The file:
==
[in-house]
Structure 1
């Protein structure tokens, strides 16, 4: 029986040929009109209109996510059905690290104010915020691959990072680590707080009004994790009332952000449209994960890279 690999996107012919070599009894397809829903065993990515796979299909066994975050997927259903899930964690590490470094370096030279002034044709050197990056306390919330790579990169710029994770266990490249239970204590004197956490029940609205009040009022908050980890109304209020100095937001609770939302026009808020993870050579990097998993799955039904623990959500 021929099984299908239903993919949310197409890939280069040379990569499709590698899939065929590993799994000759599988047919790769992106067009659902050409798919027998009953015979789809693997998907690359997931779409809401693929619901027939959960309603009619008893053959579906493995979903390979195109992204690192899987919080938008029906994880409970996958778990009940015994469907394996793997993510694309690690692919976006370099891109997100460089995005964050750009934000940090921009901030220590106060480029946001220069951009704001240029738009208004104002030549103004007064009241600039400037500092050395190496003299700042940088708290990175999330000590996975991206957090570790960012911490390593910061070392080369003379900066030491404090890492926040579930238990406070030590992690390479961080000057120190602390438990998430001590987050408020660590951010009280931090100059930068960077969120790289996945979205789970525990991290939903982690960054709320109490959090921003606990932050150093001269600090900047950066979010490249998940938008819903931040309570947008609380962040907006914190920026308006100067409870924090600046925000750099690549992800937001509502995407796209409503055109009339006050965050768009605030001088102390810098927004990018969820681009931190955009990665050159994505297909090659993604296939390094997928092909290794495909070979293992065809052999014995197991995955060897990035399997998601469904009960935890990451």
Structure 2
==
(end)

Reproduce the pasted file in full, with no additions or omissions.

[in-house]
Structure 1
């Protein structure tokens, strides 16, 4: 029986040929009109209109996510059905690290104010915020691959990072680590707080009004994790009332952000449209994960890279 690999996107012919070599009894397809829903065993990515796979299909066994975050997927259903899930964690590490470094370096030279002034044709050197990056306390919330790579990169710029994770266990490249239970204590004197956490029940609205009040009022908050980890109304209020100095937001609770939302026009808020993870050579990097998993799955039904623990959500 021929099984299908239903993919949310197409890939280069040379990569499709590698899939065929590993799994000759599988047919790769992106067009659902050409798919027998009953015979789809693997998907690359997931779409809401693929619901027939959960309603009619008893053959579906493995979903390979195109992204690192899987919080938008029906994880409970996958778990009940015994469907394996793997993510694309690690692919976006370099891109997100460089995005964050750009934000940090921009901030220590106060480029946001220069951009704001240029738009208004104002030549103004007064009241600039400037500092050395190496003299700042940088708290990175999330000590996975991206957090570790960012911490390593910061070392080369003379900066030491404090890492926040579930238990406070030590992690390479961080000057120190602390438990998430001590987050408020660590951010009280931090100059930068960077969120790289996945979205789970525990991290939903982690960054709320109490959090921003606990932050150093001269600090900047950066979010490249998940938008819903931040309570947008609380962040907006914190920026308006100067409870924090600046925000750099690549992800937001509502995407796209409503055109009339006050965050768009605030001088102390810098927004990018969820681009931190955009990665050159994505297909090659993604296939390094997928092909290794495909070979293992065809052999014995197991995955060897990035399997998601469904009960935890990451």
Structure 2